He handed me the book he had taken off the shelf shortly before, and I opened it. Debbie leaned over to see inside as well, and I held it out slightly for her to see better.
It was all a mess of squiggly lines, meaningless to the both of us. I closed the book and handed it back to him. He started to take it, but didn’t pull it away, leaving one end still in my hands.
“Thank you, sir,” I said, “but I can’t ‘read’ it. Thank you very much for explaining it all to us, though.” I started to stand up, as did Debbie.
“You don’t have to leave yet,” he said. “I can teach you.”
I stopped where I was, half turned away from him. I wanted to reject his offer, but at the same time… I knew I needed something more, and perhaps this was it. Perhaps books could fill that void.

And they did. He taught both Debbie and I, day by day, slowly learning more and more complex words and phrases, syntax and grammar. We both learned very quickly, almost as if we had always been able to read, just never had the opportunity.
He taught us to write, too, at the same time. We went there every day that summer, to increase upon our share of knowledge. We read, and read, and read. We borrowed books and stashed them away in our houses out of the sight of everyone but us.
Reading was all we did, and soon we had read almost half of the books in his house, and we didn’t stop going at the rate we had been at.
There was one day, though, that made a ripple in our pool of literacy. Debbie’s mom had sprung a surprise room-cleaning on her, and one of the books was discovered. She tried to excuse it as a craft project she had been working on, but her parent’s didn’t quite believe it.
Nothing came of it that we saw, though, and we continued on reading, albeit more carefully.

“You ready?” Deb asked me.
“Yeah,” I said, hefting a bag onto my shoulder. “Let’s go.”
We headed up the now well-known path up the mountain, towards Gabriel’s house. As we came up over a small rise, we saw smoke rising into the air.
We looked at each other, not sure what to think, and continued up the mountain.
When we came up over the final rise of the mountain, in plain sight of his house, we saw what caused the smoke.
His entire house was on fire. I dropped the bag off my shoulder and both of us started running to the house. As we got closer, we heard yells of pain and terror coming from inside.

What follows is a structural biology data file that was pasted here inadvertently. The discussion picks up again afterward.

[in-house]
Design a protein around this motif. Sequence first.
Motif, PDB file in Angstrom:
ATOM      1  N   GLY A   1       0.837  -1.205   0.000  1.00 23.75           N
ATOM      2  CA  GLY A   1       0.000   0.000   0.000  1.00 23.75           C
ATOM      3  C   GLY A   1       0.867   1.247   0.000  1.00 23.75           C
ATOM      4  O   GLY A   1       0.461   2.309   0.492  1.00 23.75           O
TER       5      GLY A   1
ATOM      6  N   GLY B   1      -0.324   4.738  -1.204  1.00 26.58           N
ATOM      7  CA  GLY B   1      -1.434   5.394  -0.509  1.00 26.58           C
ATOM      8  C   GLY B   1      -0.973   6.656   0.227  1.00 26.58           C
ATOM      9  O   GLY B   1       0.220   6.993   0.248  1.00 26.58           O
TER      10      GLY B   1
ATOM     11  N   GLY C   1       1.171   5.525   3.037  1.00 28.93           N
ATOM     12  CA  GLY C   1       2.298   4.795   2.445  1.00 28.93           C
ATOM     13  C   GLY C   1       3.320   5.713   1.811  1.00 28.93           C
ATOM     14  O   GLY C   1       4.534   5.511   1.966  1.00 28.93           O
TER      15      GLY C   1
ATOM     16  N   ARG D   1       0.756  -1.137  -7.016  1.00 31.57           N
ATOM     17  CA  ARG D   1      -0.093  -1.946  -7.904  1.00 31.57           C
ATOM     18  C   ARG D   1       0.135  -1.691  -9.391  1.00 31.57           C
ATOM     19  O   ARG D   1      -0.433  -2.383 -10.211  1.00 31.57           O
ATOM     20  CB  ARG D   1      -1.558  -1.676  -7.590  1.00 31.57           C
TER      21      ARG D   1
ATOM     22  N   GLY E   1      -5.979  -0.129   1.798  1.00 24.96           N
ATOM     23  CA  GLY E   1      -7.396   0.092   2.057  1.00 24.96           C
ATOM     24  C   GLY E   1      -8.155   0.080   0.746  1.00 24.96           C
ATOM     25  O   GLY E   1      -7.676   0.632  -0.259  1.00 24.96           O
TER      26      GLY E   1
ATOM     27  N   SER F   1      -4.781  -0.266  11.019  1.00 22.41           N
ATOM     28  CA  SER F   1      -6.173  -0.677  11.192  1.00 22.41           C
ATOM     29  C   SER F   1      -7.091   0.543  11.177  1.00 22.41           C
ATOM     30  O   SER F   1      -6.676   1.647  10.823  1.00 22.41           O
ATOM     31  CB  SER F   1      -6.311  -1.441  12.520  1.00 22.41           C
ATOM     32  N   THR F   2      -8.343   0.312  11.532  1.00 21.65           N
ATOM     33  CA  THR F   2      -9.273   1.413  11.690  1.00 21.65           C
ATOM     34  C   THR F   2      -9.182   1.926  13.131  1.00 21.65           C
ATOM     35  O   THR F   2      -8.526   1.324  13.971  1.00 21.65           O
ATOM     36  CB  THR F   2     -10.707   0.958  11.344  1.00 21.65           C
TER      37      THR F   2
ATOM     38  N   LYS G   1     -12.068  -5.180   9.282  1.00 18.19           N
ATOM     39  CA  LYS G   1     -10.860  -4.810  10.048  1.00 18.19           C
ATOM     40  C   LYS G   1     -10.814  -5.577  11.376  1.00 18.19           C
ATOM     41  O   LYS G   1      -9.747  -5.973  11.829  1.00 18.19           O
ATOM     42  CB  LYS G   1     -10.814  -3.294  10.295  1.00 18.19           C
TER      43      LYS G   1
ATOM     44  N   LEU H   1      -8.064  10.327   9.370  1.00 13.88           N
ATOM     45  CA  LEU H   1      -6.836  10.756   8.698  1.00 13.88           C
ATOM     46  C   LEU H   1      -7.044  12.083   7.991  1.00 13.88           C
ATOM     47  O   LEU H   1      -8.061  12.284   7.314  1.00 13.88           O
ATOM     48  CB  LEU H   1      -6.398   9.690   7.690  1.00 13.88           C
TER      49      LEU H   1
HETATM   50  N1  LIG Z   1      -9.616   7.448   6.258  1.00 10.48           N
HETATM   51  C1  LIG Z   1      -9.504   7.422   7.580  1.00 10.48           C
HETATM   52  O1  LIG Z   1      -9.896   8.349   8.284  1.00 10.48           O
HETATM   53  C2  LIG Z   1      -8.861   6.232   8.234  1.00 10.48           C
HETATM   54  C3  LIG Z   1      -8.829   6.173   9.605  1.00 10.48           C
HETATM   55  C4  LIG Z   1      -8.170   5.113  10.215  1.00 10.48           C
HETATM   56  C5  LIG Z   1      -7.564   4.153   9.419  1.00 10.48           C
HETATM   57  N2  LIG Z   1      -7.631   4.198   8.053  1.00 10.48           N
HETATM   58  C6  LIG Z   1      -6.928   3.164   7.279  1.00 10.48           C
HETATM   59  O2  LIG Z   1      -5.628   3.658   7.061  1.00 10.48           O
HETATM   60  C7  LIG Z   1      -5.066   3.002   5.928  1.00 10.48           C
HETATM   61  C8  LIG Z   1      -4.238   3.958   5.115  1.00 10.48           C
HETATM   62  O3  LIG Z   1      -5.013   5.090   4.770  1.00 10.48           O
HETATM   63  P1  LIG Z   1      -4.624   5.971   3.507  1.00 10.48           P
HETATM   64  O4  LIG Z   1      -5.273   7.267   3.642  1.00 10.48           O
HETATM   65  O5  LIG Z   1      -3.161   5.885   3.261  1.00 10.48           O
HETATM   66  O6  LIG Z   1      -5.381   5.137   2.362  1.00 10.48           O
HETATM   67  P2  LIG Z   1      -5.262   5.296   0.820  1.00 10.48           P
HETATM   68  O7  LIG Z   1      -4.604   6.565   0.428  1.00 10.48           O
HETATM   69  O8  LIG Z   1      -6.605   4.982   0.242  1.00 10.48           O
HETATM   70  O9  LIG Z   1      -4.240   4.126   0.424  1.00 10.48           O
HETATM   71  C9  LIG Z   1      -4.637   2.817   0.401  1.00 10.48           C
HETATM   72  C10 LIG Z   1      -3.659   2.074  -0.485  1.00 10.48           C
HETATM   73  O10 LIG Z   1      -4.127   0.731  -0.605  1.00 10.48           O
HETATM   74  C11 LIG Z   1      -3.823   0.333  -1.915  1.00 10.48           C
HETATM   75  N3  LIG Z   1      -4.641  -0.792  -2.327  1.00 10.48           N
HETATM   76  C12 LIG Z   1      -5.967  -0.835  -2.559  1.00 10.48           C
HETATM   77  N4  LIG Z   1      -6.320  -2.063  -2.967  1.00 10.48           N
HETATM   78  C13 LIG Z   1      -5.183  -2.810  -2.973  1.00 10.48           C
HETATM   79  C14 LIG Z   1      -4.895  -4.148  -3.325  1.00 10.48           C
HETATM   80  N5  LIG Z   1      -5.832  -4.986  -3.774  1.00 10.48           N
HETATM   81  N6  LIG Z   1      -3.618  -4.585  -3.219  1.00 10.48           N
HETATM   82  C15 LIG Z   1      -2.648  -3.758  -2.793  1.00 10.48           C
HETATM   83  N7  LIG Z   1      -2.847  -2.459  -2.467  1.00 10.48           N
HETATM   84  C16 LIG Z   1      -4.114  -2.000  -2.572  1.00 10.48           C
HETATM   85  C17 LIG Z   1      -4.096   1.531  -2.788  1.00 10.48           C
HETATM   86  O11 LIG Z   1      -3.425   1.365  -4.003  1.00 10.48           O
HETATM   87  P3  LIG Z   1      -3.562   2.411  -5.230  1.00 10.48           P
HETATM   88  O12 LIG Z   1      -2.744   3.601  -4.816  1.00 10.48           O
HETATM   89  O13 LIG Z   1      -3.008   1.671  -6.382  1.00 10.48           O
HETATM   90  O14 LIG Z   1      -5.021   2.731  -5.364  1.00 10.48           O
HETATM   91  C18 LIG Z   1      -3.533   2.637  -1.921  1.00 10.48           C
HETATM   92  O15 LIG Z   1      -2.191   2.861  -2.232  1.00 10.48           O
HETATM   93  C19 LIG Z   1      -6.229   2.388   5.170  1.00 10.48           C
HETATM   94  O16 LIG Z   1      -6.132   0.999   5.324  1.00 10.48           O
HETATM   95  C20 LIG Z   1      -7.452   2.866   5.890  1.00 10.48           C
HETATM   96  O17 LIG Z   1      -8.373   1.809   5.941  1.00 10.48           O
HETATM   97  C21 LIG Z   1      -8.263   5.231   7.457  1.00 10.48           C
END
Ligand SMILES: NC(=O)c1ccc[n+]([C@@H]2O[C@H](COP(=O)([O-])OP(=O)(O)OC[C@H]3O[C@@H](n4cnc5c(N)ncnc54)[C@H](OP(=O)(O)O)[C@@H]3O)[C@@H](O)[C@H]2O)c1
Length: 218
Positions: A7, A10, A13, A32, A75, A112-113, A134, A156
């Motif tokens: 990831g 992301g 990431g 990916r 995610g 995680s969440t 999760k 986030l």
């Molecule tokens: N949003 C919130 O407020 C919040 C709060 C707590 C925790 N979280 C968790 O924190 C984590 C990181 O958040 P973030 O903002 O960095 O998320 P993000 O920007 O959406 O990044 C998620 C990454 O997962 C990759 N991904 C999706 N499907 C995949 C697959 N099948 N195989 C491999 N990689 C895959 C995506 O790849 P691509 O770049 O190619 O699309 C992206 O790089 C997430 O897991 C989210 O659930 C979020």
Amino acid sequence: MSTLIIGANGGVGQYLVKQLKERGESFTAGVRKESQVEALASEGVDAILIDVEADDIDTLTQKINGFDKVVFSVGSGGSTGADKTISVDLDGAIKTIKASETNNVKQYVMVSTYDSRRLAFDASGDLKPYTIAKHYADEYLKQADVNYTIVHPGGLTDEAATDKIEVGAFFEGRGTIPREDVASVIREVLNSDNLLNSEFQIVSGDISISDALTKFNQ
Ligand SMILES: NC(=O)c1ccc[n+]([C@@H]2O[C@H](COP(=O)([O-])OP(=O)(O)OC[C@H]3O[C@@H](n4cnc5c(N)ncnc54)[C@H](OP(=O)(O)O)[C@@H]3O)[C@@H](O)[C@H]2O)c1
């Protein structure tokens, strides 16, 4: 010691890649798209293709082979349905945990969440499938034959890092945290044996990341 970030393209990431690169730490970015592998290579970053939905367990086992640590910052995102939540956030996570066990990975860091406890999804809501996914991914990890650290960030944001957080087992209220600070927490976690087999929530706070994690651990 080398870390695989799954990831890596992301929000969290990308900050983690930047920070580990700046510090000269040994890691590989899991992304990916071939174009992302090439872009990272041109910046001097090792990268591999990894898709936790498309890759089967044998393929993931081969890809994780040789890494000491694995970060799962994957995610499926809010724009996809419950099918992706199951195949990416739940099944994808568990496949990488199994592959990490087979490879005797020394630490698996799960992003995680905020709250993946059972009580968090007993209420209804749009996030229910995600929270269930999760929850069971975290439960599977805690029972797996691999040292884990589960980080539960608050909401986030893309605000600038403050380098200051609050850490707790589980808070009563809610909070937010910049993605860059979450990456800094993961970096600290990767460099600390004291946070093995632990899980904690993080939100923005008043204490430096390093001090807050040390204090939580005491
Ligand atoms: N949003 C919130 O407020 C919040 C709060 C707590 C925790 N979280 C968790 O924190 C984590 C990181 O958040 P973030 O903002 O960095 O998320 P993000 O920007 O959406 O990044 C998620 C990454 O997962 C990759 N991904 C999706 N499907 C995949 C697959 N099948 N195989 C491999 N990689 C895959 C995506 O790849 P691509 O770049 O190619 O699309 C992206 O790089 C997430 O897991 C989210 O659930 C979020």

“He’s in there, Caleb!” Deb said.
I didn’t say anything. I was frozen to the spot, despite the heat. I didn’t know what to do.
Suddenly, I darted towards the door. Deb ran behind me, crying, “Wait, Caleb!”.
I didn’t listen to her. I headed towards the door, and outstretched my hand to take the knob. As soon as I did, it burned my hand and I jerked it away. I rubbed my hand, then braced myself and hurled my body into the door. It didn’t budge. Deb was watching me, and I motioned for her to help me. We readied ourselves, and threw ourselves into the door, but it still didn’t move.
Something must have been put behind it to keep it from opening. I heard Gabriel let up a yell, and tried rushing at the door again, and again, until Deb held me back.
“It’s not going to move, Caleb,” she said.
I headed over to one of the windows and looked inside. Something had been put in front of it, and was on fire. I moved to another window, and found the situation the same.
We rushed around and around the house, looking for any possible entry point, but couldn’t find any. Gabriel’s yells subsided.
We both collapsed onto the grass in front of the house, watching it slowly burn.
We sat there the whole day, and fell asleep on the ground, and woke up in the morning to find the house still smoldering slightly and utterly dilapidated in some areas. We carefully went in, and found that all the books had been completely destroyed by the blaze. We found a chair in the middle of the house with a blackened skeleton on the floor next to it. A few charred scraps of rope lay next to the skeleton.
We left the house, and went back down the mountain, and into our own houses, without another word. I forgot my bag up there, but didn’t bother retrieving it, or I knew I wouldn’t be able to force myself to go up there again.

Don’t look at this as a story, or a narrative, or anything other than what it is; a first step in the reconstruction of words, books, and reading. It’s a true story, of course, but that’s only one piece. It is a history, it is a report, it is a memory.
I dearly hope that this first step will bring about more writing. Debbie and I will teach those we know can pass it on to others, and those to yet more people. Perhaps the written word will return, and the legacy of type can be once more remembered.